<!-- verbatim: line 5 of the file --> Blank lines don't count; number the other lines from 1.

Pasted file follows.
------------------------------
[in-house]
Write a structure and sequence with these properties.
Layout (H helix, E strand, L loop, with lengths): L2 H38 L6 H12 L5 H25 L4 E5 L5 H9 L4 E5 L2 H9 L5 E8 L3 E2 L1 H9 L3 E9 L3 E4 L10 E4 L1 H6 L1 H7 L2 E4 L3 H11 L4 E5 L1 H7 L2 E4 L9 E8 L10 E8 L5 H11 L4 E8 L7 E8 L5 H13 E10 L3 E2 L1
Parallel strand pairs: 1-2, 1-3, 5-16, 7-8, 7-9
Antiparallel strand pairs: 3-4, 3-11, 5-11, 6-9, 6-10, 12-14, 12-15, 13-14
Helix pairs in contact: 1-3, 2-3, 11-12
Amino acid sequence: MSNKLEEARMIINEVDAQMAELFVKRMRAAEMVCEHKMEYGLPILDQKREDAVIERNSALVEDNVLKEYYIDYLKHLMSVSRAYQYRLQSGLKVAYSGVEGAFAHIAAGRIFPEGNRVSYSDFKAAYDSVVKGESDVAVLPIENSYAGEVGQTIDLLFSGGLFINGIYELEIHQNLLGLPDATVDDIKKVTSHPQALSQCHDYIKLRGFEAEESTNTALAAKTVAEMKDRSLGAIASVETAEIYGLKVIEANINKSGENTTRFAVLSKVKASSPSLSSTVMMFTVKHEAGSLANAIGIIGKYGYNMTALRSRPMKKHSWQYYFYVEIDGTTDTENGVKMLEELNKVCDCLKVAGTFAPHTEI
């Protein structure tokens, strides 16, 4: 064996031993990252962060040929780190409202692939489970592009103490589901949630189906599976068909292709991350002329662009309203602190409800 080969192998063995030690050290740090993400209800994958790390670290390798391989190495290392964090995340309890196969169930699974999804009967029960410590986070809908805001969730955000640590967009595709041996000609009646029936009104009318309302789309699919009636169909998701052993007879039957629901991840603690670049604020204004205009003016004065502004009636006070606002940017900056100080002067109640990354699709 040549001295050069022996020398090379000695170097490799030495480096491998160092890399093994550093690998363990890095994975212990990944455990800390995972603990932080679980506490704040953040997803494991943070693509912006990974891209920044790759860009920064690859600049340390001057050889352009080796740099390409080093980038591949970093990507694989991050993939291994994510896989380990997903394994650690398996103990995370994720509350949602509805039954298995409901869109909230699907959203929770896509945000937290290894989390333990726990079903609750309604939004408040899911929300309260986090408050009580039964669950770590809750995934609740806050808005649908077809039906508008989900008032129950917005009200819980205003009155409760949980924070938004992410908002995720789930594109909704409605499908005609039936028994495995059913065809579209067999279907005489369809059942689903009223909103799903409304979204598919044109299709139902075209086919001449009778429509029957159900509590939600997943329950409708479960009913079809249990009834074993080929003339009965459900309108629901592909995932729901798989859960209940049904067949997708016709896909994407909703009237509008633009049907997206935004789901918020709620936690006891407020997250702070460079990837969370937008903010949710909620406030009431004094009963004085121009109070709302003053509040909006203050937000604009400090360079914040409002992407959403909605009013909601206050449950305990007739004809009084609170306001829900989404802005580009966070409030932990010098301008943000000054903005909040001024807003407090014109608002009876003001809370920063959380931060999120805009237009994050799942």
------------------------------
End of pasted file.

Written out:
Antiparallel strand pairs: 3-4, 3-11, 5-11, 6-9, 6-10, 12-14, 12-15, 13-14